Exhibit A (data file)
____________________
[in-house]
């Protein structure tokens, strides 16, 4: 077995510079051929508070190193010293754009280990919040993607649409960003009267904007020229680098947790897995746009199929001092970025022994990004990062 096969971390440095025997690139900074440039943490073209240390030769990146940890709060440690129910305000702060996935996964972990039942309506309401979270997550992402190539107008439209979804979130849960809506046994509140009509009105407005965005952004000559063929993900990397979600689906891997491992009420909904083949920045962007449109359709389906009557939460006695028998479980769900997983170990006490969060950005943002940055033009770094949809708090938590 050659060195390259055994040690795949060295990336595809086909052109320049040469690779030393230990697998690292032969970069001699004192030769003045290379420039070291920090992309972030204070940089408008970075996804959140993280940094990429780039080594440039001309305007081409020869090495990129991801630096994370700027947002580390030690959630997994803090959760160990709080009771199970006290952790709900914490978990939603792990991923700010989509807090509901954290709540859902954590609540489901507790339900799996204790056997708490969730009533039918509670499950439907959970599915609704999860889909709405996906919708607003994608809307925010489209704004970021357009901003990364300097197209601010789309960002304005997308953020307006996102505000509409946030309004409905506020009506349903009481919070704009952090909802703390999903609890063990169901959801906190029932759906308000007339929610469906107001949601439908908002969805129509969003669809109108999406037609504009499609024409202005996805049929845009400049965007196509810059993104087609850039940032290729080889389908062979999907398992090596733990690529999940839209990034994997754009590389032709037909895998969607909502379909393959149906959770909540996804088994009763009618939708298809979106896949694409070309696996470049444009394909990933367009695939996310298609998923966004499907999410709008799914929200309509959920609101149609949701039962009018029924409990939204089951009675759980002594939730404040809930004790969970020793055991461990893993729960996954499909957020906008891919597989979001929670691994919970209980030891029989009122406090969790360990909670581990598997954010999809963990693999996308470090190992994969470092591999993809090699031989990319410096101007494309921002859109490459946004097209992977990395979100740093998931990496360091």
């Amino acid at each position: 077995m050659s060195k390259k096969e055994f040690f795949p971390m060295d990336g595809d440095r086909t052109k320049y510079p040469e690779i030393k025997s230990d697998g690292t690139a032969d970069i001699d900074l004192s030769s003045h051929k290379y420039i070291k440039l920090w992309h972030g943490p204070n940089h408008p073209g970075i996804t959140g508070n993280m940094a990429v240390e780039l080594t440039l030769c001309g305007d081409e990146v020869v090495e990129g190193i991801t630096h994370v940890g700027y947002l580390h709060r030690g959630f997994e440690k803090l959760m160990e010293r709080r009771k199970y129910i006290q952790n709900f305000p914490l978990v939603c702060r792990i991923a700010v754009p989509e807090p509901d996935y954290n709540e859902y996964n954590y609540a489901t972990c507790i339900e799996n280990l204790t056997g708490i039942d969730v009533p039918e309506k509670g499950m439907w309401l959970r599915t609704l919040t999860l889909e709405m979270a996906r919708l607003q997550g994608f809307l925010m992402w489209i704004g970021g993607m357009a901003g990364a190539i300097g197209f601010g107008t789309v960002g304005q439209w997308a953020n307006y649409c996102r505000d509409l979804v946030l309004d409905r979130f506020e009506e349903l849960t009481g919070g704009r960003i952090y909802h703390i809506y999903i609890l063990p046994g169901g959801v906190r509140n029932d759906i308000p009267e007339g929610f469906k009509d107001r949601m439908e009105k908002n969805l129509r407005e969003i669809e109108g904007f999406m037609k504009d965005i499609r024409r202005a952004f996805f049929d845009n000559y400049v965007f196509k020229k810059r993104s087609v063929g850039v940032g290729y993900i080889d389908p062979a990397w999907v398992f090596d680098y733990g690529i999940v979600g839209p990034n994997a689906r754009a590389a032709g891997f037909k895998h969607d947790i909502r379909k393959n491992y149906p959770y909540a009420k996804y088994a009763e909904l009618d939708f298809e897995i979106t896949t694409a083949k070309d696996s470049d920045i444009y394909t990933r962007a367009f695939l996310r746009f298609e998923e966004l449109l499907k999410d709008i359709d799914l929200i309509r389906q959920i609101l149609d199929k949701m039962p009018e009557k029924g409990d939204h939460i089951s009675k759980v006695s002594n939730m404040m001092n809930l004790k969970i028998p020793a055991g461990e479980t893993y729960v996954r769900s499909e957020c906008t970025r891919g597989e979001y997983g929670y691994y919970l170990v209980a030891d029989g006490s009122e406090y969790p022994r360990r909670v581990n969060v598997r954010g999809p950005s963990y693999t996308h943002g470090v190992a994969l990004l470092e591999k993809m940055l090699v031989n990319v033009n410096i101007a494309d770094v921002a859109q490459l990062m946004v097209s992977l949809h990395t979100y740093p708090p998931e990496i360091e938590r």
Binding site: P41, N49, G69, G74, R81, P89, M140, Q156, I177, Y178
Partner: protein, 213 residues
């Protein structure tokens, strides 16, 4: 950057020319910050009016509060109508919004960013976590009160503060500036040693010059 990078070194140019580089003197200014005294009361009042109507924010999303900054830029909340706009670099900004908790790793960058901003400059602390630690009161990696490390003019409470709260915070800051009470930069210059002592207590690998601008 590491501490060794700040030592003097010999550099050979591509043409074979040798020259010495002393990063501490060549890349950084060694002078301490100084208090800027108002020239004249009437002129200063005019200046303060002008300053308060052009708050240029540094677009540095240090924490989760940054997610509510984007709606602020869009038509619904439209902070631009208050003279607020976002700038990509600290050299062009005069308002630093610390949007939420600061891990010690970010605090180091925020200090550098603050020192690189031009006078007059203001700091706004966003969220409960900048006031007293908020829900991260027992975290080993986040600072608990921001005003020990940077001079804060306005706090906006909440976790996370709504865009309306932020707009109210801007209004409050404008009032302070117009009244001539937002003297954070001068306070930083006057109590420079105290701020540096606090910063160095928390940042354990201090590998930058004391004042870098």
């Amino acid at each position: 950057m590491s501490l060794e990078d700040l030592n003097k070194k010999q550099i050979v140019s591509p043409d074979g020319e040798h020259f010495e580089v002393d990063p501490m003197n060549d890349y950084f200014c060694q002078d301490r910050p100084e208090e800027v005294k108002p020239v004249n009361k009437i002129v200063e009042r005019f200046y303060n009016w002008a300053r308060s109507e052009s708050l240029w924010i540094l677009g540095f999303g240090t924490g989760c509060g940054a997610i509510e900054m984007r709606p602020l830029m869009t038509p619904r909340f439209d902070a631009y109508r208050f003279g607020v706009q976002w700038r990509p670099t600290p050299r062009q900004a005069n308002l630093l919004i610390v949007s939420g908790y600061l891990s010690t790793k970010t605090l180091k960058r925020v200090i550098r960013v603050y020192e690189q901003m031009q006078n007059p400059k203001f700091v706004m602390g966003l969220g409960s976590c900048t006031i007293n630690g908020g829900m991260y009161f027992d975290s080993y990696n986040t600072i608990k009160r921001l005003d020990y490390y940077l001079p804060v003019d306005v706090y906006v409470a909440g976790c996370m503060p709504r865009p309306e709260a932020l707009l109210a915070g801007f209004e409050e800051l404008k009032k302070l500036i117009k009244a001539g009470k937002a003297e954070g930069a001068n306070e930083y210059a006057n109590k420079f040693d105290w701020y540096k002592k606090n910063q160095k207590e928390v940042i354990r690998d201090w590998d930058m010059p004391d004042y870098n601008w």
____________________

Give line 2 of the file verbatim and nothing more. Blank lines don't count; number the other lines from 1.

């Protein structure tokens, strides 16, 4: 077995510079051929508070190193010293754009280990919040993607649409960003009267904007020229680098947790897995746009199929001092970025022994990004990062 096969971390440095025997690139900074440039943490073209240390030769990146940890709060440690129910305000702060996935996964972990039942309506309401979270997550992402190539107008439209979804979130849960809506046994509140009509009105407005965005952004000559063929993900990397979600689906891997491992009420909904083949920045962007449109359709389906009557939460006695028998479980769900997983170990006490969060950005943002940055033009770094949809708090938590 050659060195390259055994040690795949060295990336595809086909052109320049040469690779030393230990697998690292032969970069001699004192030769003045290379420039070291920090992309972030204070940089408008970075996804959140993280940094990429780039080594440039001309305007081409020869090495990129991801630096994370700027947002580390030690959630997994803090959760160990709080009771199970006290952790709900914490978990939603792990991923700010989509807090509901954290709540859902954590609540489901507790339900799996204790056997708490969730009533039918509670499950439907959970599915609704999860889909709405996906919708607003994608809307925010489209704004970021357009901003990364300097197209601010789309960002304005997308953020307006996102505000509409946030309004409905506020009506349903009481919070704009952090909802703390999903609890063990169901959801906190029932759906308000007339929610469906107001949601439908908002969805129509969003669809109108999406037609504009499609024409202005996805049929845009400049965007196509810059993104087609850039940032290729080889389908062979999907398992090596733990690529999940839209990034994997754009590389032709037909895998969607909502379909393959149906959770909540996804088994009763009618939708298809979106896949694409070309696996470049444009394909990933367009695939996310298609998923966004499907999410709008799914929200309509959920609101149609949701039962009018029924409990939204089951009675759980002594939730404040809930004790969970020793055991461990893993729960996954499909957020906008891919597989979001929670691994919970209980030891029989009122406090969790360990909670581990598997954010999809963990693999996308470090190992994969470092591999993809090699031989990319410096101007494309921002859109490459946004097209992977990395979100740093998931990496360091």